I don’t agree that the short-term danger makes it a bad idea to shoot a lion that is making life hard for the people, but I would agree that it was a bad idea to have fed the lion for so long.

#36 Whatcha Minnie on 04.11.18 at 6:43 pm

Starting week 2 of my japan trip and taking a Shinkansen train from Tokyo to Kyoto. Taking lots and lots of pictures for my work-in-progress photoblog.

#37 A J's mom on 04.11.18 at 6:45 pm

#22 A J on 04.11.18 at 6:02 pm
My Mom practically called me a failure yesterday for not owning real estate. She was crying on the phone, because I told her I might have to move if I ever want to own a home.
////////////////////

Son, how come you can’t by a home like your sister BJ or your brother HJ?

#38 Gigi on 04.11.18 at 6:46 pm

#21 Be Realistic on 04.11.18 at 6:01 pm
These kids should move north – not Barrie north, but like Newmarket north. Decent deals right now if you bargain down. Transit improving by the year. Rumoured future subway line up to Highway 9 (a friend of a friend has seen the plans). Why shack up in a box in the sky where everyone can peek into everyone else’s living room. Just like that Hitchcock movie with the guy and telescope.
######################
C’mon, really? Newmarket? Newmarket, Barrie and Georgina are the armpits of the GTA.

#39 Nik on 04.11.18 at 6:51 pm

Garth, you cant make up “facts” to fit your narrative (you can but no one’s buying it)
1. B20 was not a government decision but created and enforced by OSFI, an independent agency

2. B20 impact will take more time to have an impact, starting with the higher end condos that are currently on the market for $800K+. you have said this numerous times in the past and now you are changing your tune just because of this survey

your point of government policies causing this crisis is simply not supported by data or surveys for that matter. On the other hand markets can never resolve this crisis on its own. Its sad to see your political leanings guide your arguments instead of rational logic.

This blog made both your points months before you thought of them. Stop embarrassing yourself. – Garth

#40 Wallflower on 04.11.18 at 6:51 pm

stupid, skinny suits
===================
Got that right. About 1% of the male population looks acceptable in this fashionistique.
40% look like penguins.
59% look like they just don’t want to be here.
So, for the first, we have a male equivalent to pantyhose.

#41 Reality is stark on 04.11.18 at 7:03 pm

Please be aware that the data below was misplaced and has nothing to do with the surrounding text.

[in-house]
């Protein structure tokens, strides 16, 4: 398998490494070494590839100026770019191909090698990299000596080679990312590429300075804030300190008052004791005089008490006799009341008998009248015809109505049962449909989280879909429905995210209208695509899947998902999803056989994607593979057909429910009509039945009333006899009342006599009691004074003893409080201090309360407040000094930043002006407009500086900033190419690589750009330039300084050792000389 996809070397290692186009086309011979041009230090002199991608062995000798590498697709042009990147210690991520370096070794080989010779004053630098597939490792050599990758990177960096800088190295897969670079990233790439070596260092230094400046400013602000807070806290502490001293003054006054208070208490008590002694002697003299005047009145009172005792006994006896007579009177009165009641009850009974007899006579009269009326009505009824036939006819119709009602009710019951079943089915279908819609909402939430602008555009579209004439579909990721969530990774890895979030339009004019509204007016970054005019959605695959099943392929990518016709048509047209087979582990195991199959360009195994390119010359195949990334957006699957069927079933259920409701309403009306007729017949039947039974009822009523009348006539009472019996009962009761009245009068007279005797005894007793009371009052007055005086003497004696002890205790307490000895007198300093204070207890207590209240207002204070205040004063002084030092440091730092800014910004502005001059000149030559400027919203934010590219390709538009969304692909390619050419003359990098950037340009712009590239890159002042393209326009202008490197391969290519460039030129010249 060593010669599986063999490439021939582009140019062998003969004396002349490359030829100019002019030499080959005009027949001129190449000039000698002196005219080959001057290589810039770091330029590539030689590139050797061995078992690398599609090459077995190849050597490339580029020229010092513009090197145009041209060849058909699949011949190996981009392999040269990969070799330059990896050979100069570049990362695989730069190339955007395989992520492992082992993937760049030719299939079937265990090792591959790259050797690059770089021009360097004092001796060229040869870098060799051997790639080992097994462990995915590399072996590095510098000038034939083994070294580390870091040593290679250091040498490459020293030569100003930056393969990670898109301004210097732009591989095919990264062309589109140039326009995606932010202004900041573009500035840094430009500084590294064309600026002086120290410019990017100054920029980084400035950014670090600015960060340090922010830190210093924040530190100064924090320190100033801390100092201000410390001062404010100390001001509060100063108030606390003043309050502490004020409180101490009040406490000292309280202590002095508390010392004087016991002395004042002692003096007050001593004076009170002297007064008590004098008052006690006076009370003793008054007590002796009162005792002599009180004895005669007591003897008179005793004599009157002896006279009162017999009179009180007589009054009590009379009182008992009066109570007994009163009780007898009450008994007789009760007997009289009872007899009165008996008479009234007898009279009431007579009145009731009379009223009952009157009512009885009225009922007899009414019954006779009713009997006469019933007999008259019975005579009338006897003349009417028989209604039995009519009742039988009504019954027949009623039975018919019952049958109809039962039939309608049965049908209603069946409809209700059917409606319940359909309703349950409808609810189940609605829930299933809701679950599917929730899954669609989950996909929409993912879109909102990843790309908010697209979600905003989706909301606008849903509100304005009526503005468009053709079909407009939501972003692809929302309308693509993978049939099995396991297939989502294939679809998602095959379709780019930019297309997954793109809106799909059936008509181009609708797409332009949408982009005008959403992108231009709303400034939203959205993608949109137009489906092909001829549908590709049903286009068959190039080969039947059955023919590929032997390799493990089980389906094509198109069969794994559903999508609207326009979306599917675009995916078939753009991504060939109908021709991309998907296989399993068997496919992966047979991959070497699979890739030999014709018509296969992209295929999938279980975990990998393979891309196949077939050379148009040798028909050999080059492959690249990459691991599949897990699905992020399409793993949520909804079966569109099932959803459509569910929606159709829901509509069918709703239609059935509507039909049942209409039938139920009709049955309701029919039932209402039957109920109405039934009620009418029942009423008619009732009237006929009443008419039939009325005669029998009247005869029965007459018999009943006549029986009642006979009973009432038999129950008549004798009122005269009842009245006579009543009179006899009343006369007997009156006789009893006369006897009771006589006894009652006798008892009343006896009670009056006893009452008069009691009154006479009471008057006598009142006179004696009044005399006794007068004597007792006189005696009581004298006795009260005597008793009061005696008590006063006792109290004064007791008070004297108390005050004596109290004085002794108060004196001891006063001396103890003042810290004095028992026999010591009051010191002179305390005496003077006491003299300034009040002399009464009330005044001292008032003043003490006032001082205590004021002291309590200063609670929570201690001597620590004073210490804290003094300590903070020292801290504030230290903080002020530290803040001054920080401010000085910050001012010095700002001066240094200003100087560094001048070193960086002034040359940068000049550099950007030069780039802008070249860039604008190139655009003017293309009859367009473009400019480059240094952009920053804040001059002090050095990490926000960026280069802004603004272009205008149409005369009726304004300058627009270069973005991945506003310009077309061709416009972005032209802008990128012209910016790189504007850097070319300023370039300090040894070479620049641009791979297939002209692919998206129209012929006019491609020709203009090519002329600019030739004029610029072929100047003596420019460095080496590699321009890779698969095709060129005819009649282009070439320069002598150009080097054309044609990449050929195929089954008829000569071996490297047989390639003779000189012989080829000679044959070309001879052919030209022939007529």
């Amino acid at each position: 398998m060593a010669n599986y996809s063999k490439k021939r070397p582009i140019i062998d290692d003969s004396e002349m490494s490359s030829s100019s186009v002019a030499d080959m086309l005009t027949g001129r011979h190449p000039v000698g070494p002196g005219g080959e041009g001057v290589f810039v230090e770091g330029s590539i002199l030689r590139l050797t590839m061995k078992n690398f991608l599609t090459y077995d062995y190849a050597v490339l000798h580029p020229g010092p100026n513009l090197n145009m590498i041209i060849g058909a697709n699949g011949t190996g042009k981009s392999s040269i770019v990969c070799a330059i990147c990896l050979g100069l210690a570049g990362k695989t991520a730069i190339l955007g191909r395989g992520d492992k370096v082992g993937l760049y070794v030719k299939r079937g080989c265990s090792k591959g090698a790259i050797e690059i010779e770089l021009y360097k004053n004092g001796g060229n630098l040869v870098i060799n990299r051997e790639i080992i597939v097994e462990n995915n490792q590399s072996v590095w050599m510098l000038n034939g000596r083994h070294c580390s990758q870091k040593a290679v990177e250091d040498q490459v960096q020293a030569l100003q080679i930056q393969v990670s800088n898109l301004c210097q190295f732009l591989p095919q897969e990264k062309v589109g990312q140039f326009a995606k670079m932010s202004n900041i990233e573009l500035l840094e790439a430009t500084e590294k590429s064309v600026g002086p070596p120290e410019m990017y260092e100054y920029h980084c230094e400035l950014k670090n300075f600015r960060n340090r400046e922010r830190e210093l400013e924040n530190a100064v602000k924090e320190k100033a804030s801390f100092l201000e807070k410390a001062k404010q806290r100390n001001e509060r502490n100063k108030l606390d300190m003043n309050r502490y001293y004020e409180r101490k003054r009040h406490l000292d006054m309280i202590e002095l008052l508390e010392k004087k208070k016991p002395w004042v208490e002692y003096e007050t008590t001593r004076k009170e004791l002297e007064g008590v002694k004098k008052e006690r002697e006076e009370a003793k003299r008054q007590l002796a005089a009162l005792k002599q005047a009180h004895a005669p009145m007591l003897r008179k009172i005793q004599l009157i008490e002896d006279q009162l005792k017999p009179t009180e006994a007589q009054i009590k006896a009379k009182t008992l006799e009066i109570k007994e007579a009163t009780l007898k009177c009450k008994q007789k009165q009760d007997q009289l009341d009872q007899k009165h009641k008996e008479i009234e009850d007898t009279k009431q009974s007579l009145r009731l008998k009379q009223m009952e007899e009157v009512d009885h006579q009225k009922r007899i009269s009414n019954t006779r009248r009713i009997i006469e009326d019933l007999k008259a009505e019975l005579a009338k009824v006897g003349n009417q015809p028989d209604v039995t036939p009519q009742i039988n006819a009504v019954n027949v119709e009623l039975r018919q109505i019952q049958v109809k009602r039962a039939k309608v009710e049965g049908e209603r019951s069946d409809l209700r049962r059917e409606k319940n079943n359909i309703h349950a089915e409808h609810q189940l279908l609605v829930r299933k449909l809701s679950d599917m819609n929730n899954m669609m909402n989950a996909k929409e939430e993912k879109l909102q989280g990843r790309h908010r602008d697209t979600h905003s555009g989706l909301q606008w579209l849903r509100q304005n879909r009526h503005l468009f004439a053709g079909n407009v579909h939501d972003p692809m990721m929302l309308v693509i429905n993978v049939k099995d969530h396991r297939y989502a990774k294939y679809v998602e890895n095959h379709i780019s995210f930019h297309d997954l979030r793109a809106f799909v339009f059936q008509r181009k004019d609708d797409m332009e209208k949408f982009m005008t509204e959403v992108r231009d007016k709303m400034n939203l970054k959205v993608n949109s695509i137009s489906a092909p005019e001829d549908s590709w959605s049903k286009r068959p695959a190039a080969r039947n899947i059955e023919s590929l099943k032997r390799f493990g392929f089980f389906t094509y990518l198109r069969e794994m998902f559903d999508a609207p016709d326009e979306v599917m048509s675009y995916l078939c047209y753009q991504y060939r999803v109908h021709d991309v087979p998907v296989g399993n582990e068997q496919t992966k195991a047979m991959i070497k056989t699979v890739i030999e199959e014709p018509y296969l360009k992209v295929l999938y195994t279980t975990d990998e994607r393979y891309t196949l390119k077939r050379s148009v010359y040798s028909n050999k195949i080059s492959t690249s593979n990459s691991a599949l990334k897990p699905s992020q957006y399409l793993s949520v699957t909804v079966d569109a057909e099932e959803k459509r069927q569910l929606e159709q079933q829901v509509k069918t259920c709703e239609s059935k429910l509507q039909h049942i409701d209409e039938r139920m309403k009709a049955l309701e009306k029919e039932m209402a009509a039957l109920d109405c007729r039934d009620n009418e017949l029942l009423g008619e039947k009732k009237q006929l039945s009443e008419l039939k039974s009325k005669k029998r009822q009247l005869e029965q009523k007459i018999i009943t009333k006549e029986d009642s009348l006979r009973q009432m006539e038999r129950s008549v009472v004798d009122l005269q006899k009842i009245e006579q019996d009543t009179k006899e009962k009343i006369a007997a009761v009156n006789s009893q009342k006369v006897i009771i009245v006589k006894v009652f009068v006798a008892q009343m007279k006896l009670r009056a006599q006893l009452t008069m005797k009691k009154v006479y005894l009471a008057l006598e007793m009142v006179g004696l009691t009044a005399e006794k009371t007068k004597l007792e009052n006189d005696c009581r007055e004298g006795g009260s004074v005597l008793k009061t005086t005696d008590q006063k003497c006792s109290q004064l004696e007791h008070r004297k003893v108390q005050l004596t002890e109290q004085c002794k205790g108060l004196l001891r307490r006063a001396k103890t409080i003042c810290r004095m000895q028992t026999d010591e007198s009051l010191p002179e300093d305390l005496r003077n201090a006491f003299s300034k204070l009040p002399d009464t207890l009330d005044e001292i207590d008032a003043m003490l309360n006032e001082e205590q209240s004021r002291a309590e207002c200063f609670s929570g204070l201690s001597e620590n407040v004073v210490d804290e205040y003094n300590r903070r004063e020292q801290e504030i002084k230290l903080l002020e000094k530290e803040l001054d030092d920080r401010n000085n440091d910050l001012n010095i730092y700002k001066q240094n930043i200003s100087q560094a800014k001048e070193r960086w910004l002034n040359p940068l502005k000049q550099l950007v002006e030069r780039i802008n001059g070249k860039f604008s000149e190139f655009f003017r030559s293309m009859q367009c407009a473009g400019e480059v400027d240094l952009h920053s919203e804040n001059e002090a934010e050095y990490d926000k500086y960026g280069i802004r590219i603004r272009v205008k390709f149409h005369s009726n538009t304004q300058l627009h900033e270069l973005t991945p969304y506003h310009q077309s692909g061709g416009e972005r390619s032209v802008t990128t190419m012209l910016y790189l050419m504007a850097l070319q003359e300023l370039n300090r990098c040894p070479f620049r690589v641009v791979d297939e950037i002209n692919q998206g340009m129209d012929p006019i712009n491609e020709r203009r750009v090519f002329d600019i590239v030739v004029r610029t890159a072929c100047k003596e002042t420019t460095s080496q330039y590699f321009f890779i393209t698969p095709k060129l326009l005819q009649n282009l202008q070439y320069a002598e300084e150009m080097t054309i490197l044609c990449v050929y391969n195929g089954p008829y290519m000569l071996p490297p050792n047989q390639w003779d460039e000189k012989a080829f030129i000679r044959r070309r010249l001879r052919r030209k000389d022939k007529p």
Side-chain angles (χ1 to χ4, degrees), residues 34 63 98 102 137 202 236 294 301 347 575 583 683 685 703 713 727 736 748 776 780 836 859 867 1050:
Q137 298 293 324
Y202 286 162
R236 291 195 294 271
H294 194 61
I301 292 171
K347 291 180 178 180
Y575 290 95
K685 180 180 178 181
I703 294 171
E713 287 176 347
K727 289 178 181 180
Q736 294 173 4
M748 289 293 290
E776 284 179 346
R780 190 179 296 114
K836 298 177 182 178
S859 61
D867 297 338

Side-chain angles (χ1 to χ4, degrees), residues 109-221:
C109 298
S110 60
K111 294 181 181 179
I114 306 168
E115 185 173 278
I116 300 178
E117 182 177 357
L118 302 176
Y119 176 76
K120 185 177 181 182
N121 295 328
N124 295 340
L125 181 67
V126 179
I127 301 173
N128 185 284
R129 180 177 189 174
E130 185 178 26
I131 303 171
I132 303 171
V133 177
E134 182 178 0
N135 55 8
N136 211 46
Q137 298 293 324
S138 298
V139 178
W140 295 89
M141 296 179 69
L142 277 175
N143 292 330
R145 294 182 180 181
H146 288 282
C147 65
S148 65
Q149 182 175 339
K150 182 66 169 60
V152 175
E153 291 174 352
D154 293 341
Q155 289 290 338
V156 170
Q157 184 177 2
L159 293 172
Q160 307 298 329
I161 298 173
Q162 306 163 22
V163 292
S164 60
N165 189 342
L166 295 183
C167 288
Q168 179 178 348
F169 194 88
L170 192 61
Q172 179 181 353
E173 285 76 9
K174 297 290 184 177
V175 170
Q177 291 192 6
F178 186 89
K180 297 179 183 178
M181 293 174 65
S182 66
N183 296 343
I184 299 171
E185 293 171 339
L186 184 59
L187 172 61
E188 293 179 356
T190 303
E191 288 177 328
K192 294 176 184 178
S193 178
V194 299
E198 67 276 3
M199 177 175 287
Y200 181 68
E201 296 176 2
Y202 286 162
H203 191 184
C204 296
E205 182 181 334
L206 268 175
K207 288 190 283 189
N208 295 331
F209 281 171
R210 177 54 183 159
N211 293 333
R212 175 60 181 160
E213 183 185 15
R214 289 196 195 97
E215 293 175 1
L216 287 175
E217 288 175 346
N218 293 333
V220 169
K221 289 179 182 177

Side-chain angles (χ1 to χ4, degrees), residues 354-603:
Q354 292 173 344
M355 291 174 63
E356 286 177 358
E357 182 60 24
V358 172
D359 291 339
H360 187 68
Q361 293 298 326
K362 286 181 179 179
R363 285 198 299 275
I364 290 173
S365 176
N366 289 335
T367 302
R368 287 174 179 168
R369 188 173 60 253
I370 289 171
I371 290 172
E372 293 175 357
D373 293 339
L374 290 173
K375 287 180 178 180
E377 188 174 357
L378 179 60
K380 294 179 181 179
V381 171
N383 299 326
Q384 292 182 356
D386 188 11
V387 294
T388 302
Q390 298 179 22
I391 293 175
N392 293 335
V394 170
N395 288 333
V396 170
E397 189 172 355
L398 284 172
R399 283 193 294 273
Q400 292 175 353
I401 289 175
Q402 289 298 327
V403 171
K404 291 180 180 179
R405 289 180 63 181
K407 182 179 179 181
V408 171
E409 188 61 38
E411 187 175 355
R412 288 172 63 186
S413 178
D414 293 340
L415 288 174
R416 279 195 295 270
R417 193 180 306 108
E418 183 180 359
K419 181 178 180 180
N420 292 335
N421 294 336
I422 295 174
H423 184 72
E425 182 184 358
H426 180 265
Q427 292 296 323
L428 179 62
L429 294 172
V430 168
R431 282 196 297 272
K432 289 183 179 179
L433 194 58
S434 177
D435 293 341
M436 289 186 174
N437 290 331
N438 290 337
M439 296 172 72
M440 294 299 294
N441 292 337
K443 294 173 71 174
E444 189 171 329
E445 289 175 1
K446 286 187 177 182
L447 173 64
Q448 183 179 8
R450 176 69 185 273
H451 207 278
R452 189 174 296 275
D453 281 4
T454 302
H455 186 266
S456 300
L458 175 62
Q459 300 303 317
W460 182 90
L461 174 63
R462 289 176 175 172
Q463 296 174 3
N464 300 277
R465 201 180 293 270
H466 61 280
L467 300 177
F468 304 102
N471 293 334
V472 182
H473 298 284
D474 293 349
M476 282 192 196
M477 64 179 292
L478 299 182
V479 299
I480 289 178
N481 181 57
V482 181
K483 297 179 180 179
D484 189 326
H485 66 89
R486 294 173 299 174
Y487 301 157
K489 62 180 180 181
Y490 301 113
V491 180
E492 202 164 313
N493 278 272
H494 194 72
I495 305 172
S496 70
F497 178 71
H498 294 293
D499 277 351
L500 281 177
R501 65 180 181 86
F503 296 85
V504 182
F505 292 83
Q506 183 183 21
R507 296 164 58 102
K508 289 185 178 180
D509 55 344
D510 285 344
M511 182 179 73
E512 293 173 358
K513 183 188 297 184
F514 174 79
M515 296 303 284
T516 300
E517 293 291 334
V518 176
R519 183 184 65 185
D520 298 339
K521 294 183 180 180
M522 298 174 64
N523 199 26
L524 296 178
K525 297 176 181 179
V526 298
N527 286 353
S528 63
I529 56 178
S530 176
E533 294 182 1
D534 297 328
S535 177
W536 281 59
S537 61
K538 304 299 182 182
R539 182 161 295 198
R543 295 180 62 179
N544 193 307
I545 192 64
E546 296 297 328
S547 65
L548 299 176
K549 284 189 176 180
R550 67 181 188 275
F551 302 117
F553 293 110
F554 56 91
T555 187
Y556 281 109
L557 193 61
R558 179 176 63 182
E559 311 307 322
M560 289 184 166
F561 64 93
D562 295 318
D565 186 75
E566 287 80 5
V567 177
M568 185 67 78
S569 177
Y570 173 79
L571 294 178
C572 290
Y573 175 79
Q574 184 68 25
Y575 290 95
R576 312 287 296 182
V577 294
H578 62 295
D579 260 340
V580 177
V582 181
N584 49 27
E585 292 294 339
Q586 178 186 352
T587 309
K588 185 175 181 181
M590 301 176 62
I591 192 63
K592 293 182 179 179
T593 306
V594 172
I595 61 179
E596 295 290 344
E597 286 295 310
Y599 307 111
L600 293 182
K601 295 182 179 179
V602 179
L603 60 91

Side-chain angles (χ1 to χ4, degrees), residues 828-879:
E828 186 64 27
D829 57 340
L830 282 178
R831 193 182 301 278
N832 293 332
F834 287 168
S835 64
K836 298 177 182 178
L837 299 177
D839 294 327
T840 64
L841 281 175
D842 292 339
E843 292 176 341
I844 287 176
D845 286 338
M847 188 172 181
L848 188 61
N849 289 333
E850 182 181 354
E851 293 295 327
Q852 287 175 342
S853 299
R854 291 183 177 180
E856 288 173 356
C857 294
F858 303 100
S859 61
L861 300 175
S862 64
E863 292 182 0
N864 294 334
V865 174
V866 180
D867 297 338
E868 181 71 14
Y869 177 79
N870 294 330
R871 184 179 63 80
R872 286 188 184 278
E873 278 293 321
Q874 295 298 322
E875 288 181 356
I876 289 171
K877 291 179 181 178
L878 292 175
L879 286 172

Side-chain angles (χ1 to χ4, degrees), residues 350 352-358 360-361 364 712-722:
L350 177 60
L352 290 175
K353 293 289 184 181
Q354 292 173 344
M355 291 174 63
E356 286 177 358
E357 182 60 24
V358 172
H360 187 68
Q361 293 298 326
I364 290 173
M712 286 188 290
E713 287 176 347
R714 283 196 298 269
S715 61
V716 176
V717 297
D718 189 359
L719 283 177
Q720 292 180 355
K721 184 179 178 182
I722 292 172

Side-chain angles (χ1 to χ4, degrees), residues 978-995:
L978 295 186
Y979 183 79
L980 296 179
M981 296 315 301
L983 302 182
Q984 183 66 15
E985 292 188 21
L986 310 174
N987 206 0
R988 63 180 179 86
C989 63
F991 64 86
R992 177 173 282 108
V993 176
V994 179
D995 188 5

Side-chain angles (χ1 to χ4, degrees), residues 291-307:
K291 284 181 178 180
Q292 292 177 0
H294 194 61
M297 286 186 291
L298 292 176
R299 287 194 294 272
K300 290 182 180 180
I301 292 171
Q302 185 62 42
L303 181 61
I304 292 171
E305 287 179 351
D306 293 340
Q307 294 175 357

So son, you want to buy a house with your common-law.
Interest rates are rising.
Incomes are stagnant.
Female infidelity is now higher than male infidelity for the first time in history. They also initiate 80% of the divorces.
You have better odds playing Russian roulette.
Here is a better strategy if real estate means so much to you. Buy a delapidated home every couple of years with 2 buddies and renovate it. 50 hours a week at your job and 30 hours a week working on the house. You can party Friday and Saturday nights and have a blast until you are 50. You’ll be worth 5 million by then.
Buy 4 million in rare gold coins and don’t tell anyone where they are buried.
Now you can get married declaring a net worth of a million. Life can be a dream if you play it right.
I should know.

#42 Reynolds531 on 04.11.18 at 7:03 pm

Welcome to the jungle!

Our music does not suck Garth. Neither did my mullet. They both rocked!

#43 Johnny D on 04.11.18 at 7:08 pm

Maine Coons are the coolest breed of cat there is. Chill, lots of personality, smart. Seriously Garth, if you got one of them, it would make you rethink your whole take on felines.

#44 Willy H on 04.11.18 at 7:11 pm

“So, in summary: government intervention and social engineering prevented the housing market from rolling over naturally.”
__ __ __

Nope, almost free-money was shoveled onto the masses by central bankers around the world (we can thank Greenspan!), in theory, to smooth out downturns and prevent a meltdown after the 2008 WFC.

It worked (many economists would argue) but there were unforeseen side-effects as consumers gorged unrestrained on almost-free money for almost two decades.

Governments and central bankers warned consumers about unsustainable debt yet their siren calls went unheeded and bankers coddled morbidly-obese mortgage portfolios as their profits bloated. The good times rolled on and on and on..